Amber Valletta: "I suffer from a disease called addiction"
Amber Valletta opened up in a new video for the wellness site MindBodyGreen on Friday about her past struggles with addiction and how difficult the road to recovery has been for her.
"I'm coming out to you today, and I'm not coming out to you in the way you think," the Hitch actress began. "I'm coming out to you today as an addict. I suffer from a disease called addiction."
And while the star did not pass the blame for her addictions, she did shed some light on how and when her problems all started.
"When I was 8, I started trying to get out of myself," she said. "I sniffed markers, I sniffed glue, fingernail polish, anything that could give me a buzz. Then I found drugs that were around the culture of my family. By 10 I had been high. By 18 I moved to Europe, I found cocaine and alcohol. I was in a business where drugs and alcohol were widely accepted. They were given to me."
The Revenge actress has enjoyed immense success in the modeling and acting industry, but she revealed that it was all aspects of her life that were affected by addiction, not just her work life.
"I put everything on the line for my addiction — all my friendships, my family, my job, I had a multi-million dollar deal. I showed up to the first day to shoot this campaign high and drunk," she recalled. "I didn't care, and that's to just show you addiction takes you to the worst places. I showed up to my uncle's bedside — he was dying — and I was still high, still drunk and looking for a place to go do another line."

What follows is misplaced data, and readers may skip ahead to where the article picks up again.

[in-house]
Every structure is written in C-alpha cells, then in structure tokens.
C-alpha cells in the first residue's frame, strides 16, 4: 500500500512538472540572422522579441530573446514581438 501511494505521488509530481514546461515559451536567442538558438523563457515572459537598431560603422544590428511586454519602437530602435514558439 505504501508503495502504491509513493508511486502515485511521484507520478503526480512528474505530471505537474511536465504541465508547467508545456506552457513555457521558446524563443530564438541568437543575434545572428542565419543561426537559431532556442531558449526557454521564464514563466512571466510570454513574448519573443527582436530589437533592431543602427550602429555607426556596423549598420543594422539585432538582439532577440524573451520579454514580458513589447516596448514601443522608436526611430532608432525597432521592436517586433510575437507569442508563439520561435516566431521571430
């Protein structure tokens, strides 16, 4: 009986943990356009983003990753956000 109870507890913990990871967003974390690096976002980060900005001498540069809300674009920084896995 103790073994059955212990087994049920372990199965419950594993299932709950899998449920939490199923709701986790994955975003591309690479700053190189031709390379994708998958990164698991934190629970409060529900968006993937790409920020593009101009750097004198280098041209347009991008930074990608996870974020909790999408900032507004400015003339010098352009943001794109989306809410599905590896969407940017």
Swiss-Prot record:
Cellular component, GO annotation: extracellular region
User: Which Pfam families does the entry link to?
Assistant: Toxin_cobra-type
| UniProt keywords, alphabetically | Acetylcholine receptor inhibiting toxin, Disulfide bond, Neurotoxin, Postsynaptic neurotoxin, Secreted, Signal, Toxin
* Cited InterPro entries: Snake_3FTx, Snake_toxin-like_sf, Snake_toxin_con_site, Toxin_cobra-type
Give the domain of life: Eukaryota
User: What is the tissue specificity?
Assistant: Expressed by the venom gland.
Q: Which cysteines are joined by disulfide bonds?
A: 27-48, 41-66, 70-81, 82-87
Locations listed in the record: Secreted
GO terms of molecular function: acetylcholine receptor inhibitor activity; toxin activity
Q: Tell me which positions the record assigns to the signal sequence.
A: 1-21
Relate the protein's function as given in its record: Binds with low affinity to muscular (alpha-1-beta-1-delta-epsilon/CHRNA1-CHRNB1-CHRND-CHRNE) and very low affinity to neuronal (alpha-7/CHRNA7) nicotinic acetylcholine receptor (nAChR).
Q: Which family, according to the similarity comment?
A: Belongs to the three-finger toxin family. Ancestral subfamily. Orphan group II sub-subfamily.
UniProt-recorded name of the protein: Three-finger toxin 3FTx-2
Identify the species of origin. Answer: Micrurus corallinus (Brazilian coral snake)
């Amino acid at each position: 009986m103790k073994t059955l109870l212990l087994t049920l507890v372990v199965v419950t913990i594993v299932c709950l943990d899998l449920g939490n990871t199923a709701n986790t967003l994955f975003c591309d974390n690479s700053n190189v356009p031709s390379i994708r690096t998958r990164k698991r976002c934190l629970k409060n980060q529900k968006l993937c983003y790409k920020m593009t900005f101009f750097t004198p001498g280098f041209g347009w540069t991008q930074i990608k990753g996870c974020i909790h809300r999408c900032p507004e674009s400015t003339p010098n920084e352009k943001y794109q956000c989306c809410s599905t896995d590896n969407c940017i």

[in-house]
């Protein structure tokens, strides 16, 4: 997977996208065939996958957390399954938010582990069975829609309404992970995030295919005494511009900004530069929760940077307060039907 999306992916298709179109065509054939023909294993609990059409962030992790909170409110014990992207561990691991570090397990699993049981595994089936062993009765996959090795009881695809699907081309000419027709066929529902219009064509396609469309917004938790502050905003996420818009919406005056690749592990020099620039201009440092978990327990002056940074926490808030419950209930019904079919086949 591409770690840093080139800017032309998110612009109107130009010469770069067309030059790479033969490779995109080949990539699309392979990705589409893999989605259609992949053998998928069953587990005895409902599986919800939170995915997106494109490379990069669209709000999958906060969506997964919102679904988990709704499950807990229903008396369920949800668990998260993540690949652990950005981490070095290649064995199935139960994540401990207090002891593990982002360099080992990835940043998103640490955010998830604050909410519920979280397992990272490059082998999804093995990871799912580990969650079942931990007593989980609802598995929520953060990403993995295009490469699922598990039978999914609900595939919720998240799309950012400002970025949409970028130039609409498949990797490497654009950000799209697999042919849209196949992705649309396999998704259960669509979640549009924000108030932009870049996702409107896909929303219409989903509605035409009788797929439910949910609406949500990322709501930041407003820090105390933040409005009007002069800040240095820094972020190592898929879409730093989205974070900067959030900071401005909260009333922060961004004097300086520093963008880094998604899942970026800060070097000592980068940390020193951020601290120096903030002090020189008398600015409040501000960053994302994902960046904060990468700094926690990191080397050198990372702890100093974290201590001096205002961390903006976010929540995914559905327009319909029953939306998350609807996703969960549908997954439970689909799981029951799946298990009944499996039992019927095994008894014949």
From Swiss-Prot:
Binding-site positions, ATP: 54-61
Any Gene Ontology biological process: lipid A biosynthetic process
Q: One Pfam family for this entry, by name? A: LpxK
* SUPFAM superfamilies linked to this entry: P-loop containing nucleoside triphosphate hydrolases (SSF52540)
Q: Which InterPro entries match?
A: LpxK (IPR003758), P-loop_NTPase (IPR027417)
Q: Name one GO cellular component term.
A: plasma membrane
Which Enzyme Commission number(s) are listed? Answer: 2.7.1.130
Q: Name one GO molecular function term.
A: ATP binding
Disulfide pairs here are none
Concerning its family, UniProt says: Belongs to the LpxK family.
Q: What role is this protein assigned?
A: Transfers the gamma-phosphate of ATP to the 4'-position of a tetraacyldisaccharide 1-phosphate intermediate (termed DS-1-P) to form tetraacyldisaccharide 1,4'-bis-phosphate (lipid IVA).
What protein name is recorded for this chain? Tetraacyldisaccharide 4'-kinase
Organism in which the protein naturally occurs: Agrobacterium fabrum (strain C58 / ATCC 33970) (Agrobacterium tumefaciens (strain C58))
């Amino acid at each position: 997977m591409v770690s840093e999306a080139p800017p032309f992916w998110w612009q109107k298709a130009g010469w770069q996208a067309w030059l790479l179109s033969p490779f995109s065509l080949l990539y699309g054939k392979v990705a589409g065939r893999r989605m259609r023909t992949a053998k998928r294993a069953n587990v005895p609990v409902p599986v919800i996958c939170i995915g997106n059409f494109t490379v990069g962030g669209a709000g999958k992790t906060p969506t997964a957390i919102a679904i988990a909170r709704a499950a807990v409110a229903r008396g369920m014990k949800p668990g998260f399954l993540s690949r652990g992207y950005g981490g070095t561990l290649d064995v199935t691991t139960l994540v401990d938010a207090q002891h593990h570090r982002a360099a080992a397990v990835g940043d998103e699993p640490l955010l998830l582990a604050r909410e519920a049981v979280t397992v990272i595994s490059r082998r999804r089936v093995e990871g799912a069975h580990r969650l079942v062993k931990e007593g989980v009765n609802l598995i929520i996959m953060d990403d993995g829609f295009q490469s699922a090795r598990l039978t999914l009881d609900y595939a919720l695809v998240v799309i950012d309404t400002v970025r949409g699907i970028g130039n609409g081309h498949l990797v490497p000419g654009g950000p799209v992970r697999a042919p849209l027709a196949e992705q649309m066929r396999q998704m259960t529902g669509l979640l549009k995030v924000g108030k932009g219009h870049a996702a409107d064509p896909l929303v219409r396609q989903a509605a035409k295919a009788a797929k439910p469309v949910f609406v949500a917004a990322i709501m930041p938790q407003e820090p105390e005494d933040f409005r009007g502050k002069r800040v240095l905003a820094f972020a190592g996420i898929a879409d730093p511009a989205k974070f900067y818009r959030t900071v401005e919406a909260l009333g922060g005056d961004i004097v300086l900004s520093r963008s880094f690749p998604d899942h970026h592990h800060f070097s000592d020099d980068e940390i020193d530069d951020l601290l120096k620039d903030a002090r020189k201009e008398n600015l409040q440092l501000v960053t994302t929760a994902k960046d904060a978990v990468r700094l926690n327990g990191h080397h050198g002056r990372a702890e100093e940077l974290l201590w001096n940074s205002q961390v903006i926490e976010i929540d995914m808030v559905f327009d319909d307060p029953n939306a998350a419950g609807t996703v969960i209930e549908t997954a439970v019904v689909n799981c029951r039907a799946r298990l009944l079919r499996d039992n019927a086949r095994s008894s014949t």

At the age of 25, the Oklahoma native sought treatment for her addictions, saying, "I had to be willing to lift the veil off the shame and say, 'I'm an addict, I can't do this alone, I don't want to do this alone, I don't feel comfortable, can you help me?'"
And the model's openness is sure to inspire many others who are struggling or on their journey to recovery.
"My hope is that someone, somewhere in this room, out of this room will hear something that will help them and perhaps get them out of the shadows and the darkness of addiction and bring them into the light."